You can also purchase a FlashRouter that already has the CyberGhost app installed so you don’t need to configure anything yourself. I’d definitely consider this option if you’re not familiar with router configuration or just don’t want to run the risk of installing it incorrectly.
Tip: For unlimited simultaneous connections, install CyberGhost on your router. Your router is considered a single connection, so all of the other WiFi-connected devices in your household can stay protected at once.
You can have up to 7 simultaneous connections with your CyberGhost subscription. I tried downloading and using the VPN on 3 of my devices at once — I expected multiple connections to slow me down, but my speeds remained the same as when I had one device connected.
I found a small hack too — you can get unlimited simultaneous connections at home by installing the VPN on a router. This lets you share your subscription with your whole household. For this to work, your router has to be OpenVPN-compatible.
CyberGhost’s Optional Extras — Great Free App, but the Paid Add-Ons Aren’t Worth It
CyberGhost offers a free Secret Photo Vault app that’s separate from the VPN app, as well as a couple of paid add-ons in the VPN app itself.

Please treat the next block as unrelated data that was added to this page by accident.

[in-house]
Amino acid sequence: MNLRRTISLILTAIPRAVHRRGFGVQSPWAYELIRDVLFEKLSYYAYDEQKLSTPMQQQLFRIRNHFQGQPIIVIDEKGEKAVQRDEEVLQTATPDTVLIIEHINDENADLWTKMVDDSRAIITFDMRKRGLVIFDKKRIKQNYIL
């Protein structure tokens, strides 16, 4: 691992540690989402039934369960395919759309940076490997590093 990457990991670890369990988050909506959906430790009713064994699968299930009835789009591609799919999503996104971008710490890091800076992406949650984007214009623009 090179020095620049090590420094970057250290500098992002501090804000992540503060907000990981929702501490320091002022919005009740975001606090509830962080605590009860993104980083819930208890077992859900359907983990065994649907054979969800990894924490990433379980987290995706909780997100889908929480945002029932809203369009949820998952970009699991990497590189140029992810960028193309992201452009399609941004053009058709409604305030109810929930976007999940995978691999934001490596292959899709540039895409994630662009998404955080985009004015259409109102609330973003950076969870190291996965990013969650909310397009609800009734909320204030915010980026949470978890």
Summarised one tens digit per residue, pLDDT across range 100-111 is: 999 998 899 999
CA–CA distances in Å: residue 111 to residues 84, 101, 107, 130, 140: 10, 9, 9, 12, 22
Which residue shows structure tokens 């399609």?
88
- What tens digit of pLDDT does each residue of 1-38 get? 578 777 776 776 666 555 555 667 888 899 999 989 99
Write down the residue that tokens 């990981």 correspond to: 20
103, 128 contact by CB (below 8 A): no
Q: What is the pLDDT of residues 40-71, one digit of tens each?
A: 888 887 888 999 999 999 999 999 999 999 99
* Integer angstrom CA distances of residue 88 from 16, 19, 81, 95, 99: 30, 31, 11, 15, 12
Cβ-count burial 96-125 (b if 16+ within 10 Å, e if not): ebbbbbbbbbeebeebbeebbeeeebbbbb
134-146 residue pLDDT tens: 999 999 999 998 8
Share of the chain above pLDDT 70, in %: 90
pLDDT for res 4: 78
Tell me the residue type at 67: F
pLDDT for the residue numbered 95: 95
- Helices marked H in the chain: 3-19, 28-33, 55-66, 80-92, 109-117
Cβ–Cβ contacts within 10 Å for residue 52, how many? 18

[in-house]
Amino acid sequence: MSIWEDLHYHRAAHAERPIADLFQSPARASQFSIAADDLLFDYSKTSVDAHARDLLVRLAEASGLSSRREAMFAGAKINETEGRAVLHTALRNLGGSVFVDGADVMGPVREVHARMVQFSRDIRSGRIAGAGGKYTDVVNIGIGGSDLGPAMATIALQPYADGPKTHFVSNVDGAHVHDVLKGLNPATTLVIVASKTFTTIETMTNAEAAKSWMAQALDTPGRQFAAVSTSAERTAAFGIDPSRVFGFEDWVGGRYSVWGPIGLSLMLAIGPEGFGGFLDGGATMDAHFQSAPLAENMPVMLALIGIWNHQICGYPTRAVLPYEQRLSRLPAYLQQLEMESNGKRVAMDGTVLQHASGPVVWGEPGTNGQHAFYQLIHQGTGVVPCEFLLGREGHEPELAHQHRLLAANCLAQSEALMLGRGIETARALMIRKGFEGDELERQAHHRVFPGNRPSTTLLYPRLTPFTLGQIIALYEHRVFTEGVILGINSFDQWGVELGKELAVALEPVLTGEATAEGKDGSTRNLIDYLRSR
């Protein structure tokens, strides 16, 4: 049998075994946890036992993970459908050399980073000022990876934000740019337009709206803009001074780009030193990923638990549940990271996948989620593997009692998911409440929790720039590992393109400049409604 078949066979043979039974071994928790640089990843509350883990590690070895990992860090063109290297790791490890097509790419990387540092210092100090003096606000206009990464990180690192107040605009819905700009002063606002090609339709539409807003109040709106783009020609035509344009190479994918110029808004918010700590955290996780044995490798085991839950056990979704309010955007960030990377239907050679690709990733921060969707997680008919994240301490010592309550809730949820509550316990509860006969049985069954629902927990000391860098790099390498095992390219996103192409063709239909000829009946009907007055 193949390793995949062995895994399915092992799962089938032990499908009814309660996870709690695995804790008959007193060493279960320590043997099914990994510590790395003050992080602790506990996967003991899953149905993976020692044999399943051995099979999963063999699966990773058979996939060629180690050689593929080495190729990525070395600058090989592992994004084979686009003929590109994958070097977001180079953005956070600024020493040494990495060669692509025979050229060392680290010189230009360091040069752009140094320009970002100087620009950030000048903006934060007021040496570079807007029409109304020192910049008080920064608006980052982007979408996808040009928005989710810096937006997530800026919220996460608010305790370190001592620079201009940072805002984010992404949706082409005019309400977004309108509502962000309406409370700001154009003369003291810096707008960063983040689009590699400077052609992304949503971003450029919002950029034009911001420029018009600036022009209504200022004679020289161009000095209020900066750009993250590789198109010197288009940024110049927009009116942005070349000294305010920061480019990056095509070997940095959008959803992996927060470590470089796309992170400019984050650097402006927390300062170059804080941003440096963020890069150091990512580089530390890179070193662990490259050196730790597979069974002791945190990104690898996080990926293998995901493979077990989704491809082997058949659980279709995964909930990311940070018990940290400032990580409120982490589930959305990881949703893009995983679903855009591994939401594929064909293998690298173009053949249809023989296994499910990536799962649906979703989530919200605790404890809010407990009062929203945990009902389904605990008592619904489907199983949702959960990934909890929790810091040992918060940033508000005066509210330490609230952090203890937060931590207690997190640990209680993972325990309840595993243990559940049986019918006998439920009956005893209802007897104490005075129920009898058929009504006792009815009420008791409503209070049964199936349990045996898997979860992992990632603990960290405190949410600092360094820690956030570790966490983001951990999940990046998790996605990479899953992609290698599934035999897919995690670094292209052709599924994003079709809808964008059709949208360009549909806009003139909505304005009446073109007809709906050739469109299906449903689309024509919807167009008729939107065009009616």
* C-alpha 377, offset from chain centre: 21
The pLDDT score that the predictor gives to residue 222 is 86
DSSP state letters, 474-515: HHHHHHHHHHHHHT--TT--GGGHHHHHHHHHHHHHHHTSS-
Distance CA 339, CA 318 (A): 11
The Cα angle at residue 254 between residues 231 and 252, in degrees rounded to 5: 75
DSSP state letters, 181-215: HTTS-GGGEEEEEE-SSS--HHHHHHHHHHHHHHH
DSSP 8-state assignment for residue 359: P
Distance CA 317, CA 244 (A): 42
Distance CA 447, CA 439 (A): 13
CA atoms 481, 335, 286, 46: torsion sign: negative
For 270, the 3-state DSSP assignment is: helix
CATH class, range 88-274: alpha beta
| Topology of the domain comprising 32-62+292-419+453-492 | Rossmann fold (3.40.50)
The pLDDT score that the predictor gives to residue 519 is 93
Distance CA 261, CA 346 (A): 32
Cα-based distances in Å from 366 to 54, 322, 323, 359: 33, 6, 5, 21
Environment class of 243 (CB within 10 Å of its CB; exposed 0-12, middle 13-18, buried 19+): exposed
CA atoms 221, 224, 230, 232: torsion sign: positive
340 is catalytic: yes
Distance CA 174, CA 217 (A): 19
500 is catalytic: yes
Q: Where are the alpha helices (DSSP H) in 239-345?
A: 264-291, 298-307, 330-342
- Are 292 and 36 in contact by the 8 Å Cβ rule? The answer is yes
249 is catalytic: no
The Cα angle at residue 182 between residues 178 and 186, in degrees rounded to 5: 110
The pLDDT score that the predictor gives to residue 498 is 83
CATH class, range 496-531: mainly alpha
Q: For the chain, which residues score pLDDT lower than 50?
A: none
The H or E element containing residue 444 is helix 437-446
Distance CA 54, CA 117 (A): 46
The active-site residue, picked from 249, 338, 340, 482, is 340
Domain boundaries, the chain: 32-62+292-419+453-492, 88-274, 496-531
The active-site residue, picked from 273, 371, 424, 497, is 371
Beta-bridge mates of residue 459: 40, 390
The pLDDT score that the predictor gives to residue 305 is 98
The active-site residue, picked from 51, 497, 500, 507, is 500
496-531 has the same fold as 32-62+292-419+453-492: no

- Secret Photo Vault — CyberGhost’s Secret PhotoVault is an iOS-only app that hides pictures and videos behind password protection on your iPhone or iPad. You can choose to secure your files with a PIN or biometric protection and it has additional security features, including break-in reports and a decoy password to prevent anyone else from accessing your vault. The app is free and I found it easy to use — it’s just disappointing that it’s only available for iOS.
- Dedicated IP Addresses — CyberGhost has dedicated IP addresses, but only in eight locations: two cities in each the UK, the US, and Germany, as well as one city in each France and Canada. You also have to pay for the service on top of your existing subscription. A dedicated IP can be useful for avoiding blacklists and geoblocks since it’s harder for sites to detect that you’re using a VPN when no one else is sharing the same server.
- Password Manager — When you subscribe to CyberGhost, you can choose PassCamp password manager as an optional add-on. I don’t recommend it: It’s expensive, and there are similar password managers available for free.